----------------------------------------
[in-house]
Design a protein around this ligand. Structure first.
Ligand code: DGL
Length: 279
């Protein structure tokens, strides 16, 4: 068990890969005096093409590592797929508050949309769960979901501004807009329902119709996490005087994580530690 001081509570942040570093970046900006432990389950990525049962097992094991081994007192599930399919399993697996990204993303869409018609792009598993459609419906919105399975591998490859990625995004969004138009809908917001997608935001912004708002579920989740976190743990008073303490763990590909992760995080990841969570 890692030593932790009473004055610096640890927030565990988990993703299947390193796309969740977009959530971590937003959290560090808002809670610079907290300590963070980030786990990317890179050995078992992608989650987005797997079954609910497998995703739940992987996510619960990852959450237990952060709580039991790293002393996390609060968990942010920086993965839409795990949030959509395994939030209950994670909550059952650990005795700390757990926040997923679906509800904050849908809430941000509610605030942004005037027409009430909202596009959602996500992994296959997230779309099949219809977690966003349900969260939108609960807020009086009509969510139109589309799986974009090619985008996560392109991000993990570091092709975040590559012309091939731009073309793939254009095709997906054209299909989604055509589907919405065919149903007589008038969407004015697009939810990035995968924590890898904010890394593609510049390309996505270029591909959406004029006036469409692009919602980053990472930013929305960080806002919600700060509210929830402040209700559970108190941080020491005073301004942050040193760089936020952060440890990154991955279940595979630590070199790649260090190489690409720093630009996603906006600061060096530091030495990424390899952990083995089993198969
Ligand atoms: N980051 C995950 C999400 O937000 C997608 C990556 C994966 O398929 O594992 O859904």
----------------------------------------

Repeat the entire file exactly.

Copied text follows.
[in-house]
Design a protein around this ligand. Structure first.
Ligand code: DGL
Length: 279
């Protein structure tokens, strides 16, 4: 068990890969005096093409590592797929508050949309769960979901501004807009329902119709996490005087994580530690 001081509570942040570093970046900006432990389950990525049962097992094991081994007192599930399919399993697996990204993303869409018609792009598993459609419906919105399975591998490859990625995004969004138009809908917001997608935001912004708002579920989740976190743990008073303490763990590909992760995080990841969570 890692030593932790009473004055610096640890927030565990988990993703299947390193796309969740977009959530971590937003959290560090808002809670610079907290300590963070980030786990990317890179050995078992992608989650987005797997079954609910497998995703739940992987996510619960990852959450237990952060709580039991790293002393996390609060968990942010920086993965839409795990949030959509395994939030209950994670909550059952650990005795700390757990926040997923679906509800904050849908809430941000509610605030942004005037027409009430909202596009959602996500992994296959997230779309099949219809977690966003349900969260939108609960807020009086009509969510139109589309799986974009090619985008996560392109991000993990570091092709975040590559012309091939731009073309793939254009095709997906054209299909989604055509589907919405065919149903007589008038969407004015697009939810990035995968924590890898904010890394593609510049390309996505270029591909959406004029006036469409692009919602980053990472930013929305960080806002919600700060509210929830402040209700559970108190941080020491005073301004942050040193760089936020952060440890990154991955279940595979630590070199790649260090190489690409720093630009996603906006600061060096530091030495990424390899952990083995089993198969
Ligand atoms: N980051 C995950 C999400 O937000 C997608 C990556 C994966 O398929 O594992 O859904």